Elevator 33: Anton Serra


Here are four definitions of the term cipher or cypher:

  1. A code often created by an encryption algorithm
  2. A secret language
  3. A zero
  4. A circle made by a group of hip-hop performers especially rappers, in which each member is given time to rap, beatbox, break, etc.

The density of slang within a lot of North American rap for years served a strong, poignant purpose. It excluded most people. It included just a few. This encrypted conversation was for and by poor mainly young African-Americans.

It was made up of generations of regional slang terms and cultural references layered on top of each other, making the cyphers different in each area. Now thanks to online slang dictionaries the code has been broken. This secret language is no longer a secret. Something that was special and exclusive has been dissected and fed to white pop stars for cultural appropriation. However in many other parts of the world, rap has retained its protective slang barrier where the overworked and underprivileged can speak freely to each other.

Anton Serra is part of Lyon hip-hop collective L’Animalerie. His lyrics are strewn with ‘argot’ slang; something Victor Hugo called ‘the language of misery’ in his 1862 book Les Miserables.

‘We can hardly recognize it,’ Hugo exclaims. ‘Is it really the French tongue, the great human tongue?…The words are uncouth, and marked by an indescribably fantastic beastliness.’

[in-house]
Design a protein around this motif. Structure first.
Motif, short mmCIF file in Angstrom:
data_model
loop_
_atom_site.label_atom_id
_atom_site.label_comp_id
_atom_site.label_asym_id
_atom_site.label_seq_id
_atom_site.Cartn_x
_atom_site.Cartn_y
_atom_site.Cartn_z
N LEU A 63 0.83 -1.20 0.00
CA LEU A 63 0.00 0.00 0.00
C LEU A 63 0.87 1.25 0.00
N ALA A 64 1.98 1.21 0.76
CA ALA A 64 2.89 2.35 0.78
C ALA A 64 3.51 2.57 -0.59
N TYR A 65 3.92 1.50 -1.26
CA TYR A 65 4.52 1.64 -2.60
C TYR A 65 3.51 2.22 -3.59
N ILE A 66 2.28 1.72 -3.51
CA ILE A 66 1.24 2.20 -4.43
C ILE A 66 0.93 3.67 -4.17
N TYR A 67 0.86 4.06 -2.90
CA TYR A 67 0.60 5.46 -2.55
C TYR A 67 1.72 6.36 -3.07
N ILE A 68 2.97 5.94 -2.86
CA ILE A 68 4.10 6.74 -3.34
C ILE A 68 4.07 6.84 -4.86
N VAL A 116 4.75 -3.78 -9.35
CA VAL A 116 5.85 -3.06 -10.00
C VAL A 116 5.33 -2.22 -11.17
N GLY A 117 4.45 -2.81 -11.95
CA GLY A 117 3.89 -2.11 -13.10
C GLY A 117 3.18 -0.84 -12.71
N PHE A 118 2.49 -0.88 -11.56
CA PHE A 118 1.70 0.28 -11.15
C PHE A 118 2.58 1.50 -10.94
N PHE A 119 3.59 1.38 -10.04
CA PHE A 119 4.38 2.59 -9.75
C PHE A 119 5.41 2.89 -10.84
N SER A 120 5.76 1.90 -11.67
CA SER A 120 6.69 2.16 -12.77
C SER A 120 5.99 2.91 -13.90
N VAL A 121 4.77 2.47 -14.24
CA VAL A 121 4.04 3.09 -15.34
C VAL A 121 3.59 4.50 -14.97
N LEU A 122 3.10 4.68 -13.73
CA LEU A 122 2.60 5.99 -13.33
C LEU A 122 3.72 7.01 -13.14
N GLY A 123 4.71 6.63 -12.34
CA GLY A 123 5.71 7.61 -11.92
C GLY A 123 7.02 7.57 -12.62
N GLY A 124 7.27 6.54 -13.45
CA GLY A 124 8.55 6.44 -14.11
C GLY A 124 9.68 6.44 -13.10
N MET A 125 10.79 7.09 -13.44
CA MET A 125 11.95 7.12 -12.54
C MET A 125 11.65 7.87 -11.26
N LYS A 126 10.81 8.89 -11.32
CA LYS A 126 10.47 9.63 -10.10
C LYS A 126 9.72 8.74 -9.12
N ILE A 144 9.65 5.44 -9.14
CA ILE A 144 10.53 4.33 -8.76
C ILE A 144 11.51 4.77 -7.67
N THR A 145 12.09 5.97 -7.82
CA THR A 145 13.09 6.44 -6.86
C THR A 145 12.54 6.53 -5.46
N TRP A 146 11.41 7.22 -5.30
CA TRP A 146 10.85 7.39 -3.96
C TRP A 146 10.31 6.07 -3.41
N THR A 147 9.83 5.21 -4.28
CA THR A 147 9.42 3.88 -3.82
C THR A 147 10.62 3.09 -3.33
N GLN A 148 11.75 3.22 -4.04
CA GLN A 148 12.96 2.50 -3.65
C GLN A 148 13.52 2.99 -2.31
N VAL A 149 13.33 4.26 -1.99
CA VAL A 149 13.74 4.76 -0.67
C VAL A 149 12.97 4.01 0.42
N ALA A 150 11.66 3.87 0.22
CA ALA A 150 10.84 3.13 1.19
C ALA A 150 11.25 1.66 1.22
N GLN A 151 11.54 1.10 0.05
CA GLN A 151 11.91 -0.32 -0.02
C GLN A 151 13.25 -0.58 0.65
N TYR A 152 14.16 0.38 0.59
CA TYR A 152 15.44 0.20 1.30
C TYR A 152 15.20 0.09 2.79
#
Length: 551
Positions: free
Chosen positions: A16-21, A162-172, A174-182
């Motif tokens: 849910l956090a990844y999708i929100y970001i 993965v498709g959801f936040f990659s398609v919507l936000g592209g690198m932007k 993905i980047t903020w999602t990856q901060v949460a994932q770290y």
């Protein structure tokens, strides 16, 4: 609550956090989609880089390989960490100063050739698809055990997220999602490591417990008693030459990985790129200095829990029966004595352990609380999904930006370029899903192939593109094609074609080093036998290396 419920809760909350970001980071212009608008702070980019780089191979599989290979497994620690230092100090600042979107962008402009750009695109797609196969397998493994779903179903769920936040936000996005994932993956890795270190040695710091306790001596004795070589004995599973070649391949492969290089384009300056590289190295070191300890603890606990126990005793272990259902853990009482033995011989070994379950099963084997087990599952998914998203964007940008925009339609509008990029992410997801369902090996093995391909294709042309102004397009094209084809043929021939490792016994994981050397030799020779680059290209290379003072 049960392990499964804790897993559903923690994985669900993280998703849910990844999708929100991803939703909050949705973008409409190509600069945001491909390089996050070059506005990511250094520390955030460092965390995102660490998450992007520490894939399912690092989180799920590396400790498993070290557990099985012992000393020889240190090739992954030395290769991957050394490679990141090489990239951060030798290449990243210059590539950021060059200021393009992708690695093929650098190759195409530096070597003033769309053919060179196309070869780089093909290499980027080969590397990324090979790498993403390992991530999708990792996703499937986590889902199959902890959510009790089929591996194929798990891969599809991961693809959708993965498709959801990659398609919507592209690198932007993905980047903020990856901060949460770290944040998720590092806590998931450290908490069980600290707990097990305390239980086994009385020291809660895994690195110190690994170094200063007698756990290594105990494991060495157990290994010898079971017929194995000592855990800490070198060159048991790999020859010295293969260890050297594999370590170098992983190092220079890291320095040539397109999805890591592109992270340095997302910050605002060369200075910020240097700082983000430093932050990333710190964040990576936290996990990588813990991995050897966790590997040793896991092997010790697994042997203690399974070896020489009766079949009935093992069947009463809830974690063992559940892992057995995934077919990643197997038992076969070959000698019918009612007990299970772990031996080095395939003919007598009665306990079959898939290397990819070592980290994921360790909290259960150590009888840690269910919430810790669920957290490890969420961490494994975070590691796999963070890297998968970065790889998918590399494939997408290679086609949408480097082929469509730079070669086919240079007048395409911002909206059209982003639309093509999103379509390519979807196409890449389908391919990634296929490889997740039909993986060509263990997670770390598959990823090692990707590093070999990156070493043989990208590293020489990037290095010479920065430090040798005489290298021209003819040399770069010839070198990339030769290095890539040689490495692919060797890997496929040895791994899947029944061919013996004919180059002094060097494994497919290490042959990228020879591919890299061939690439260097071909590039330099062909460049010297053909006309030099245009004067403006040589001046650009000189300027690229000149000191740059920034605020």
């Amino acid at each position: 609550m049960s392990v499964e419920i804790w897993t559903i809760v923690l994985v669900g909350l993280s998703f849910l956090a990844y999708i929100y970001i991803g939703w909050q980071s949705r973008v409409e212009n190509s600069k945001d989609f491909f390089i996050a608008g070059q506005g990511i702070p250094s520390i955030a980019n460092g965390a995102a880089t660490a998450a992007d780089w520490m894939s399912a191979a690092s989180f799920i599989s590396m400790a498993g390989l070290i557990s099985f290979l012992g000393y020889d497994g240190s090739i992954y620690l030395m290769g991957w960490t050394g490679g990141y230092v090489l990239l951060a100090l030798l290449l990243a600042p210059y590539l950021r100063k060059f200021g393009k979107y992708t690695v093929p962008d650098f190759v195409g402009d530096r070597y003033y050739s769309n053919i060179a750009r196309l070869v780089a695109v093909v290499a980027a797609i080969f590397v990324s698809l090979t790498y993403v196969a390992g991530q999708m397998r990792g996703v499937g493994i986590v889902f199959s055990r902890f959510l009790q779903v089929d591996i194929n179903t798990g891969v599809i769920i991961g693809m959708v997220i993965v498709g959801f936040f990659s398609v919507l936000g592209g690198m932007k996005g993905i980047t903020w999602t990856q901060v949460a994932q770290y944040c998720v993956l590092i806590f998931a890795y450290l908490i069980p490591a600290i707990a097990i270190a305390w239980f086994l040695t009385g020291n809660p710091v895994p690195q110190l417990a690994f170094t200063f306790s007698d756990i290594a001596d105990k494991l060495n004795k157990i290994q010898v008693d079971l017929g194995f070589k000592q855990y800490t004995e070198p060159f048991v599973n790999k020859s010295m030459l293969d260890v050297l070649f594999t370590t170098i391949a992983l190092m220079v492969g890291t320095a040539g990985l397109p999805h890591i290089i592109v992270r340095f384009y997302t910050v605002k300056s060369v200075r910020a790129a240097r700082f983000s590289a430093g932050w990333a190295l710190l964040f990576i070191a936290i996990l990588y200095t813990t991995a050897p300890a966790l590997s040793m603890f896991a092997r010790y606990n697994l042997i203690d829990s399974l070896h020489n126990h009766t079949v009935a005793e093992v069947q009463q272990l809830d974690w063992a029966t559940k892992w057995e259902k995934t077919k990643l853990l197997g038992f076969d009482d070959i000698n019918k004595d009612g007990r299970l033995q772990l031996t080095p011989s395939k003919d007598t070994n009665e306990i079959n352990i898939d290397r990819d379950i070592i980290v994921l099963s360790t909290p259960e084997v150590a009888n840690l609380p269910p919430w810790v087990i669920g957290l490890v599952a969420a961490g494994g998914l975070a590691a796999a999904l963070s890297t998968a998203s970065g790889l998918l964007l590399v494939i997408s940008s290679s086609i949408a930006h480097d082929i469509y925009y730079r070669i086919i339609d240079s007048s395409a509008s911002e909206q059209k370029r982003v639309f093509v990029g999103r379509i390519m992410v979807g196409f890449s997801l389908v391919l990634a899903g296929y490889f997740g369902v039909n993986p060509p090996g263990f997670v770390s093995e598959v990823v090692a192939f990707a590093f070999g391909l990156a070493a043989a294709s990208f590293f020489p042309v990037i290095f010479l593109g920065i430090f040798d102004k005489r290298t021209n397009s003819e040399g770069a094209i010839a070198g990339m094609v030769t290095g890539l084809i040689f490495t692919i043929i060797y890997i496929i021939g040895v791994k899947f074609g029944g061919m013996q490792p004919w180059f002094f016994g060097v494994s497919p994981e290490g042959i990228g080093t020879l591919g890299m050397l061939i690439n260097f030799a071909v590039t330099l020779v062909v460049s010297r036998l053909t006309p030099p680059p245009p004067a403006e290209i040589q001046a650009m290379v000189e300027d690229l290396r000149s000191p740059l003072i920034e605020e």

Anton Serra’s words are uncouth AND brilliant and dexterous. His intense, wide-eyed delivery is absolutely captivating. I think his vocal inflections and phrasing are amongst the punchiest and most beguiling in rap music history, despite me understanding only a fraction of the poetry.

In the early 90s Anton wrote on the walls of Lyon, before moving from graffiti to rap lyrics. His four solo releases are: Frandjos, Antoster Lapwasserra, Sales Gones and his 2010 Bootleg

I love Serra’s confidence and wit. To me, he’s the most accomplished rapper within L’Animalerie by a country mile. In the various music videos featuring the whole crew though he doesn’t showboat. He seems content to play his part and enjoy the fraternal energy.

On this song ‘The Lions Are Solitary’, which Serra shares with Lucio Bukowski, he talks about his past failures, adversaries made out of plaster, his wolf-like eyebrows and questioning himself on who the real pillars in his life are.

This example of Serra’s awesome delivery features the lines: ‘Even my psychiatrist had a hard time following me – He thinks he knows everything, but doesn’t know his own future’

Here he starts his verse: ‘I go Piano Piano and this without Herbie Hancock – You’re listening but missing an ear like Van Gogh – You won’t find a booty-call in Bangkok’

‘Zairo’ is an ode to his graf friends and his city

This acoustic version of ‘Love Kills’ retains all of its melancholic bite

Here he contemplates old age, hoping to spend time with family and friends but fearing incontinence and arthritis and Scrabble games alone:

I get the feeling that Serra and his L’Animalerie team don’t care what’s going on in Paris or Marseille or New York for that matter. They have carved out their own niche and speak in their own cipher. We as outsiders have the opportunity to look in on a master in the craft of rap, despite most of Serra’s lingo going over most of our heads.

Only those who fully immerse themselves in argot, who fully enter this special cypher, get to experience the full impact of our 33rd Elevator and that’s the way it should be.

Thanks to Nathan Kellum for helping me dig into the lyrics
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